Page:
Geoffrey Stackhouse, Managing Director, Clarity Solutions
Media coverage of Cardinal George Pell’s evidence at the Victorian parliamentary inquiry into child abuse demonstrated they didn't buy his messages.
Radio and TV news ran several clips of Cardinal Pell, the Archbishop of Sydney, giving his testimony. In all of them I felt he came across as cold and unfeeling, or at the very least ‘over-coached’ by his Barristers to ensure he stayed safe.
While it’s appropriate to be sombre with such a serious topic, and particularly in a court of law or a formal enquiry, it’s critical that you are sincere.
Personally, I didn’t feel convinced by him and judging by the public backlash, neither did his critics.
The key insight here is that to be credible you must be passionate and sincere. And that’s not just in an interview, but in a courtroom, a hearing or any strategic communication.
So why wasn’t he seen as convincing and sincere? Well it could be because he broke all of Clarity’s Seven Deadly Sins of apologising.
Let’s examine the Cardinal’s apparent attempt at an apology for accompanying Ballarat priest Gerald Ridsdale to court when Ridsdale pleaded guilty to a raft of child sex offences.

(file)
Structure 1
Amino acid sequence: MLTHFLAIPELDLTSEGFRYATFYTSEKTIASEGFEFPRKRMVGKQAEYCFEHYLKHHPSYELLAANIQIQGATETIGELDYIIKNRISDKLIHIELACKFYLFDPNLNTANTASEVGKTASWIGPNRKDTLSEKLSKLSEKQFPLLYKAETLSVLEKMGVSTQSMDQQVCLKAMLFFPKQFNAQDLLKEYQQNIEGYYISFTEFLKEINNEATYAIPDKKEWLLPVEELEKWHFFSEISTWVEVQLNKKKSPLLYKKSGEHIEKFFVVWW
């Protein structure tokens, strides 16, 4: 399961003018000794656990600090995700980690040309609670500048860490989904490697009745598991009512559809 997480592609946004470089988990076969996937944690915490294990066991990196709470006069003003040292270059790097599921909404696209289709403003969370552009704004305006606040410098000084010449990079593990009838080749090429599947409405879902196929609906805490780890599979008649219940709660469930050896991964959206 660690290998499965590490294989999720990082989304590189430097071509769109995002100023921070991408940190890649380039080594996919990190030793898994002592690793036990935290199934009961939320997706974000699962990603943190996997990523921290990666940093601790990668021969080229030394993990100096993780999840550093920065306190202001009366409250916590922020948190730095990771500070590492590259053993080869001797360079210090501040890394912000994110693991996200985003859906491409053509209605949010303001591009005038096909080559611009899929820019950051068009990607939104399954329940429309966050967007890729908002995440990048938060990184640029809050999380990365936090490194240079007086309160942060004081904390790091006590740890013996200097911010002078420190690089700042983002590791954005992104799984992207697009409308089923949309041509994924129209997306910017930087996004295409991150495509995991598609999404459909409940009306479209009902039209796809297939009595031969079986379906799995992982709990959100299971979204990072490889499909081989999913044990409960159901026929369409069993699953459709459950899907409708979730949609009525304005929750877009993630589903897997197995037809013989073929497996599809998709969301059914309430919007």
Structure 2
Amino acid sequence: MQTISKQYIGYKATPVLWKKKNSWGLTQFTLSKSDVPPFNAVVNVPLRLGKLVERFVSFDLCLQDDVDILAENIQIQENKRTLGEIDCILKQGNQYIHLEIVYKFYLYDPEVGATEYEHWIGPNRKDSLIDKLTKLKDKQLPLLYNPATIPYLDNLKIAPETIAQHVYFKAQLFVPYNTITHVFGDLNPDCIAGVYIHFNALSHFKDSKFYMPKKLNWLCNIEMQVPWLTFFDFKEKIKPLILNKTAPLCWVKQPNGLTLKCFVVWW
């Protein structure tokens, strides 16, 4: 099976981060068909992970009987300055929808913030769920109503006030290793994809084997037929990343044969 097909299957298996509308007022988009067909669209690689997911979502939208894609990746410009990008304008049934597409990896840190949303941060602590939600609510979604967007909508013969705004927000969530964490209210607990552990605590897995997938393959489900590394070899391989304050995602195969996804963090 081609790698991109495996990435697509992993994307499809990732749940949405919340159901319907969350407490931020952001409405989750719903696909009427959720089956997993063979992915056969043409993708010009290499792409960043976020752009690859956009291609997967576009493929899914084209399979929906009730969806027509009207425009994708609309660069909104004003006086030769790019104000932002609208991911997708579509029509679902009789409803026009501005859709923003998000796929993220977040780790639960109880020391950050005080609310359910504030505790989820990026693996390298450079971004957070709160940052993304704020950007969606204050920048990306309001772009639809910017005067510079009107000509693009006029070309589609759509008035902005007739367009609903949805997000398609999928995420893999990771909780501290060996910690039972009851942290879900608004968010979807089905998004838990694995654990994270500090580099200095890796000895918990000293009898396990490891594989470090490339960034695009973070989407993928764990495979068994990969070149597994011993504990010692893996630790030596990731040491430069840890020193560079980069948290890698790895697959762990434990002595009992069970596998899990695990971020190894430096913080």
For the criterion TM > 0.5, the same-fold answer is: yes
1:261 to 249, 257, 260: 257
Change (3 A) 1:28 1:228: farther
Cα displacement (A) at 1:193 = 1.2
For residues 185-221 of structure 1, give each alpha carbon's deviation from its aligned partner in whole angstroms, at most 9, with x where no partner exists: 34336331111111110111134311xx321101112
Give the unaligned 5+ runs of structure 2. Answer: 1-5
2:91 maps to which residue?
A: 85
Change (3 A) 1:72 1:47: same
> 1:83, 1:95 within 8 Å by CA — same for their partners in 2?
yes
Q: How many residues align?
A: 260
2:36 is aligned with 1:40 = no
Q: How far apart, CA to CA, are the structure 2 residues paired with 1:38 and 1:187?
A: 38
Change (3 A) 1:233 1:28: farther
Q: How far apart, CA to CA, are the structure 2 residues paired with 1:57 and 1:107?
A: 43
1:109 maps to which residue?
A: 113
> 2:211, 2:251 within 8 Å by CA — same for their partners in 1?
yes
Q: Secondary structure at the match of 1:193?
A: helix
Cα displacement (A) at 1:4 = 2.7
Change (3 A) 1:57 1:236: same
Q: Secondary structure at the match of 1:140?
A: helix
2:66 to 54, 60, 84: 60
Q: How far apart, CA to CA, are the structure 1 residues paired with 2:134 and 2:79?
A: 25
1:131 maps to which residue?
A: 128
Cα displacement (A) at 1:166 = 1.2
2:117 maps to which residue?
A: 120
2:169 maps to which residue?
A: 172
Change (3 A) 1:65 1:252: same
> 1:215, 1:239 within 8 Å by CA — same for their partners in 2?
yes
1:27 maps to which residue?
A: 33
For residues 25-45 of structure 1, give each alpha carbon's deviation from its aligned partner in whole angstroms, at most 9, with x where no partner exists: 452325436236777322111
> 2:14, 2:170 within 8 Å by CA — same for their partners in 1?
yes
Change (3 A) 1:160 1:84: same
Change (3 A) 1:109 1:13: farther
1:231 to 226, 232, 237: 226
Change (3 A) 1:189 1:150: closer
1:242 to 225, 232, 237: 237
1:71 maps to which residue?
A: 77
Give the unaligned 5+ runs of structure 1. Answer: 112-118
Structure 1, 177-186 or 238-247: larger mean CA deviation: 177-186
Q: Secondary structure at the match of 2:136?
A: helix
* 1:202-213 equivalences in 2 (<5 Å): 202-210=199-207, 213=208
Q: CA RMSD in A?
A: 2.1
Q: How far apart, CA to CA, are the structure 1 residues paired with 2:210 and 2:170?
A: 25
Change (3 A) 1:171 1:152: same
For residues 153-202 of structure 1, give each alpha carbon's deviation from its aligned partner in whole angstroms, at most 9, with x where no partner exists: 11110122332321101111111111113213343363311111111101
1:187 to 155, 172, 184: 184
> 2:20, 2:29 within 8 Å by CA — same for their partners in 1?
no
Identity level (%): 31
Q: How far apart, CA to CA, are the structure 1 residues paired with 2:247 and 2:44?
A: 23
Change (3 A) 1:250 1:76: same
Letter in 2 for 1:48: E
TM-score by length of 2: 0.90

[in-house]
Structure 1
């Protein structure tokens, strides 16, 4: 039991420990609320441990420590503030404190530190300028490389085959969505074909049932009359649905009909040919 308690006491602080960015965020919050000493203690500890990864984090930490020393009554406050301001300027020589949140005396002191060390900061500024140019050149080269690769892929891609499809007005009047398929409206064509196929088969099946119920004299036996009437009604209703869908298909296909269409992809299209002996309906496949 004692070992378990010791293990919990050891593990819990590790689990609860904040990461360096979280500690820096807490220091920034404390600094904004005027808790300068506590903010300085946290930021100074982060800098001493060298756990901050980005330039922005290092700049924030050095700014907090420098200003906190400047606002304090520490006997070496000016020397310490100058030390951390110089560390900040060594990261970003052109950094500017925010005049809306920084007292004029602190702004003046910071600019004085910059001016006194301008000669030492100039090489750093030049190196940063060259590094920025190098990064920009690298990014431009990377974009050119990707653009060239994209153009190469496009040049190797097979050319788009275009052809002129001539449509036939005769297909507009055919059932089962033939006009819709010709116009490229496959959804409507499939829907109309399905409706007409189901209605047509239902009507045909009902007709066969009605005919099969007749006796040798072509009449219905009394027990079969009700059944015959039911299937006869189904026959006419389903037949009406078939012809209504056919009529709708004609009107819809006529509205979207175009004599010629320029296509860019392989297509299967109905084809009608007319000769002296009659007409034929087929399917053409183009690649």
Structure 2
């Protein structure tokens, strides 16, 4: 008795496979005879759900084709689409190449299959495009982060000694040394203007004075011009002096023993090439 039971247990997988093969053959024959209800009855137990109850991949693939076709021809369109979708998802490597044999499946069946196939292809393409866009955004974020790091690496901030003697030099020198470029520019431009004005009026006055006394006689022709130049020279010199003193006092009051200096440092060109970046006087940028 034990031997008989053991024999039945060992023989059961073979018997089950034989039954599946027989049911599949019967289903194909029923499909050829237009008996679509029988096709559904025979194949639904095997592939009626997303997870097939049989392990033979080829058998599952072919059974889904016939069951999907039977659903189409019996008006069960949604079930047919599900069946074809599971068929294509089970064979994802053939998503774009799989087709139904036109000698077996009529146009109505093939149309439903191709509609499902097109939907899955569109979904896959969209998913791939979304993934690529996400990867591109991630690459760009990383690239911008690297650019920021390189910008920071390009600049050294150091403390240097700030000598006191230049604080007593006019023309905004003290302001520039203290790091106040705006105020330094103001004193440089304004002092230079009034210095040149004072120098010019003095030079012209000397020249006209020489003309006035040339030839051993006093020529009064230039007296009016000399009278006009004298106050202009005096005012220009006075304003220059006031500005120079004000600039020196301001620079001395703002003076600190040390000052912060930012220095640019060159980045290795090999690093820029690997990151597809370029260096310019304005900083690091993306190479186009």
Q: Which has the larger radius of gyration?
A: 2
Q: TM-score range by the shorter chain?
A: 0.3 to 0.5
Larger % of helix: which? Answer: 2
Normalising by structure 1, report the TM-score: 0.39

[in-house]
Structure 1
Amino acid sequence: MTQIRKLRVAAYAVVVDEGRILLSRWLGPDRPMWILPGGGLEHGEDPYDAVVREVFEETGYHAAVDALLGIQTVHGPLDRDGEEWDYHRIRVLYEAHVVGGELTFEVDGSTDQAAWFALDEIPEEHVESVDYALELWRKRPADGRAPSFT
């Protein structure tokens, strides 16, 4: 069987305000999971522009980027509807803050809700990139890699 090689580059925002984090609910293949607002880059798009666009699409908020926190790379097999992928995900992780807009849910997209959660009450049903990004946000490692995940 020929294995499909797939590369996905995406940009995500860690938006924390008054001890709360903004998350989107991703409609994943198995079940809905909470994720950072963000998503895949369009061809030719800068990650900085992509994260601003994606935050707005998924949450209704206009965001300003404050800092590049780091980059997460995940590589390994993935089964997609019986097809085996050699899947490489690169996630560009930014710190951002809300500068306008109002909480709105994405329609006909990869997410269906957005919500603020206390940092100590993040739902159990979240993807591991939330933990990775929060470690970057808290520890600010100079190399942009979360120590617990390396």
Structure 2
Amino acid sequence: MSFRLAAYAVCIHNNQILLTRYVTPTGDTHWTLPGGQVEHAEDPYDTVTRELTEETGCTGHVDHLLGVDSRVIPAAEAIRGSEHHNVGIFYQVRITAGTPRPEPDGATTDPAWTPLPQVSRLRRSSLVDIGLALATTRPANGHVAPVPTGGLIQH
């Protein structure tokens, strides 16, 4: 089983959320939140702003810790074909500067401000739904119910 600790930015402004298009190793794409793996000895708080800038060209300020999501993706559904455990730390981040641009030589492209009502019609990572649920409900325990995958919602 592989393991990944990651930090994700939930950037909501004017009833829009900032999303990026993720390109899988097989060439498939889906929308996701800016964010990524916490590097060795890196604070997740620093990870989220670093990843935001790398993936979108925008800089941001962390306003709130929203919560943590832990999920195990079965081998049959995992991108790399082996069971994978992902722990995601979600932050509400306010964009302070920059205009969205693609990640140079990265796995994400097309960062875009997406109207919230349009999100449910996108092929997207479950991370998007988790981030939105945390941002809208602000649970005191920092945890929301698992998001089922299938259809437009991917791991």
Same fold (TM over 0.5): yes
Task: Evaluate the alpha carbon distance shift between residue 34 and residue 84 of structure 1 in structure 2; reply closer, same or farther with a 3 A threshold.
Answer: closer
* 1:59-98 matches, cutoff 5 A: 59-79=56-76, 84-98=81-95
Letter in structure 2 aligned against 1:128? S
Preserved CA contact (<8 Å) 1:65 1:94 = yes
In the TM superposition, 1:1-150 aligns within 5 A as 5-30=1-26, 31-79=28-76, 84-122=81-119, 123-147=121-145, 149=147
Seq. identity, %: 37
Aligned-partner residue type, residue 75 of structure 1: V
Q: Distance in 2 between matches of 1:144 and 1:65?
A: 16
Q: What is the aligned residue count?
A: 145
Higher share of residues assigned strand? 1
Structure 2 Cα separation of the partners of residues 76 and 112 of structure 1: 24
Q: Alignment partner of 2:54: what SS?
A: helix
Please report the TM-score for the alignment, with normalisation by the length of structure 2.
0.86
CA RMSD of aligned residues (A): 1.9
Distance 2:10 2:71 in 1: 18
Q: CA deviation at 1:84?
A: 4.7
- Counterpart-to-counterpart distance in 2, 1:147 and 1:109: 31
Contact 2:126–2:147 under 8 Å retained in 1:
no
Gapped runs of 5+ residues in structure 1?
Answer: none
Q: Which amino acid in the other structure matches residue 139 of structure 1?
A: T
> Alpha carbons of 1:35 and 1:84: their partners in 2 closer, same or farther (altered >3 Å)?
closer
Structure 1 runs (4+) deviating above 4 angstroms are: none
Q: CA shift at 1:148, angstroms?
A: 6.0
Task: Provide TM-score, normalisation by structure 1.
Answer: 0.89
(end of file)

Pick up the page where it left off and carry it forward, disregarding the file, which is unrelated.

"I regret that it has caused such angst amongst victims…It was never intended to provoke that.”
He is not regretting his action, he is regretting the way others feel about that. And that’s just passing the buck instead of addressing the hurt.
Image for a moment saying to your partner (or hearing him/her say) “I am so sorry you are angry” instead of “I am so sorry I came home drunk last night and forgot your birthday.” Would you get away with that? Would you even try? Pell did, and it flopped.
I also spotted a few examples of the grudging apology – where you say the right words but clearly don’t mean it. In print the words work, but in broadcast is all in the delivery.
The Cardinal declared he was "fully apologetic and absolutely sorry" with all the passion and sincerity usually reserved for thanking your proctologist for a colonoscopy.
But by far his biggest crime against apology was his dexterous use of the ambit apology:
"I think the bigger fault was that nobody would talk about it, nobody would mention it".
No actually, sexual abuse of children ranks a bit above corporate culture. So trying to minimise the offence by 'fessing up to a lesser crime is simply not going to fly.
So how can he communicate more sincerely?
Apologise early, apologise often and apologise authentically: the quicker you act the easier it is, but you have to get it right first time.
Hit the hurt – work out why people are offended and address that pain.
Show you mean it - talk is cheap but what actions will you take to put your skin on the table.